I have spoken about feminism the more I have realized that fighting for women’s rights has too often become synonymous with man-hating. If there is one thing I know for certain, it is that this has to stop.
For the record, feminism by definition is: “The belief that men and women should have equal rights and opportunities. It is the theory of the political, economic and social equality of the sexes.”
I think it is right that as a woman I am paid the same as my male counterparts. I think it is right that I should be able to make decisions about my own body. I think it is right that women be involved on my behalf in the policies and decision-making of my country. I think it is right that socially I am afforded the same respect as men. But sadly I can say that there is no one country in the world where all women can expect to receive these rights.
No country in the world can yet say they have achieved gender equality. These rights I consider to be human rights but I am one of the lucky ones. My life is a sheer privilege because my parents didn’t love me less because I was born a daughter. My school did not limit me because I was a girl. My mentors didn’t assume I would go less far because I might give birth to a child one day. These influencers were the gender equality ambassadors that made who I am today. They may not know it, but they are the inadvertent feminists who are. And we need more of those. And if you still hate the word—it is not the word that is important but the idea and the ambition behind it. Because not all women have been afforded the same rights that I have. In fact, statistically, very few have been.
Gentleman, I would like to take this opportunity to extend your formal invitation. Gender equality is your issue too.
Because to date, I’ve seen my father’s role as a parent being valued less by society despite my needing his presence as a child as much as my mother’s.
I’ve seen young men suffering from mental illness unable to ask for help for fear it would make them look less “macho”—in fact in the UK suicide is the biggest killer of men between 20-49; eclipsing road accidents, cancer and coronary heart disease. I’ve seen men made fragile and insecure by a distorted sense of what constitutes male success. Men don’t have the benefits of equality either.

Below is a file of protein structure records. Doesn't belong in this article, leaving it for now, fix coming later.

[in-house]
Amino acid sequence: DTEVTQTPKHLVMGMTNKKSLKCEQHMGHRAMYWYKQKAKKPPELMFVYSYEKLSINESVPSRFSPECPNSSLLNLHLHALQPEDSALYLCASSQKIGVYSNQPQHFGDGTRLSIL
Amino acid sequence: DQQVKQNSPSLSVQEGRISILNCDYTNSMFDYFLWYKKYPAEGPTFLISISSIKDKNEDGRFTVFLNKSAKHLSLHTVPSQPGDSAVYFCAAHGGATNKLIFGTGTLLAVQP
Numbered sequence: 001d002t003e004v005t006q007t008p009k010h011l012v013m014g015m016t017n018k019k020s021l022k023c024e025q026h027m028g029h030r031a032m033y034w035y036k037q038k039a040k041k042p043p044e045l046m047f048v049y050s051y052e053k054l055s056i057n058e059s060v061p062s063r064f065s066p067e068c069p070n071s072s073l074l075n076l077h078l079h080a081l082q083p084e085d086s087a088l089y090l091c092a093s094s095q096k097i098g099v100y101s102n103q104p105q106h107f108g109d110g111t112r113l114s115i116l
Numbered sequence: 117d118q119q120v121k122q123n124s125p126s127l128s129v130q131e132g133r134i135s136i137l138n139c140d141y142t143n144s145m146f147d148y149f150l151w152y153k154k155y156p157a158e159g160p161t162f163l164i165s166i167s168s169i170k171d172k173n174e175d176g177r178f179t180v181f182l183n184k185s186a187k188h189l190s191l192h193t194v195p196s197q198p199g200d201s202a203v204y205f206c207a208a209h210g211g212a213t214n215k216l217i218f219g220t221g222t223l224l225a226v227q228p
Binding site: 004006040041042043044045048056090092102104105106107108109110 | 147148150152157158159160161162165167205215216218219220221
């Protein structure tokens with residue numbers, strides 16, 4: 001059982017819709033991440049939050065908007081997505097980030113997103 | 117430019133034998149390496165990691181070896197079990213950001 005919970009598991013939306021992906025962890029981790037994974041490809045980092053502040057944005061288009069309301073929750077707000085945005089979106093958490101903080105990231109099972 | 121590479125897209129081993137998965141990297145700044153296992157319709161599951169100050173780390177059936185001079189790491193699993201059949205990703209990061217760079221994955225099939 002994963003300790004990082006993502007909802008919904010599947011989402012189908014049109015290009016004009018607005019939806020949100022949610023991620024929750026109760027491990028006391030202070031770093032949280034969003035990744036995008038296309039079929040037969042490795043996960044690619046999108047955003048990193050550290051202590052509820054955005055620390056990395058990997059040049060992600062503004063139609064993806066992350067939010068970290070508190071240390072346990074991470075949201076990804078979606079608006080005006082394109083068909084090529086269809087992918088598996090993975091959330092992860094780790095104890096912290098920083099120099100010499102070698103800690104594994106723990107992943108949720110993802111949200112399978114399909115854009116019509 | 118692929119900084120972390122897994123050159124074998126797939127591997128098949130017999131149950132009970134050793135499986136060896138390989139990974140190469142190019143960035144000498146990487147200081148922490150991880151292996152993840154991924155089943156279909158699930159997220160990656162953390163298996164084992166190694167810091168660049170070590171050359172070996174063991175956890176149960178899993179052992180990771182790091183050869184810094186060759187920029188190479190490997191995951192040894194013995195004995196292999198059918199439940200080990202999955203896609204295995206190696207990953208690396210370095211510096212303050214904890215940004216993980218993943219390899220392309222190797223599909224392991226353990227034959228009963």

We don’t often talk about men being imprisoned by gender stereotypes but I can see that that they are and that when they are free, things will change for women as a natural consequence.
If men don’t have to be aggressive in order to be accepted women won’t feel compelled to be submissive. If men don’t have to control, women won’t have to be controlled.
Both men and women should feel free to be sensitive. Both men and women should feel free to be strong. It is time that we all perceive gender on a spectrum not as two opposing sets of ideals.
Because the reality is that if we do nothing it will take 75 years, or for me to be nearly a hundred before women can expect to be paid the same as men for the same work. 15.5 million girls will be married in the next 16 years as children. And at current rates it won’t be until 2086 before all rural African girls will be able to receive a secondary education.
If you believe in equality, you might be one of those inadvertent feminists I spoke of earlier. And for this I applaud you.
“People feel detached from sexism. They say ‘well I’m not sexist but I’m not a feminist’. They think there’s this fuzzy middle ground. There’s not. You either think women are people or you don’t. It’s that simple.”—
“Deep in the meadow, hidden far away
A cloak of leaves, a moonbeam ray
Forget your woes and let your troubles lay
And when it’s morning again, they’ll wash away
Here it’s safe, here it’s warm
Here the daisies guard you from every harm
Here your dreams are sweet and tomorrow brings them true
Here is the place where I love you.”—Suzanne Collins, The Hunger Games (via feellng)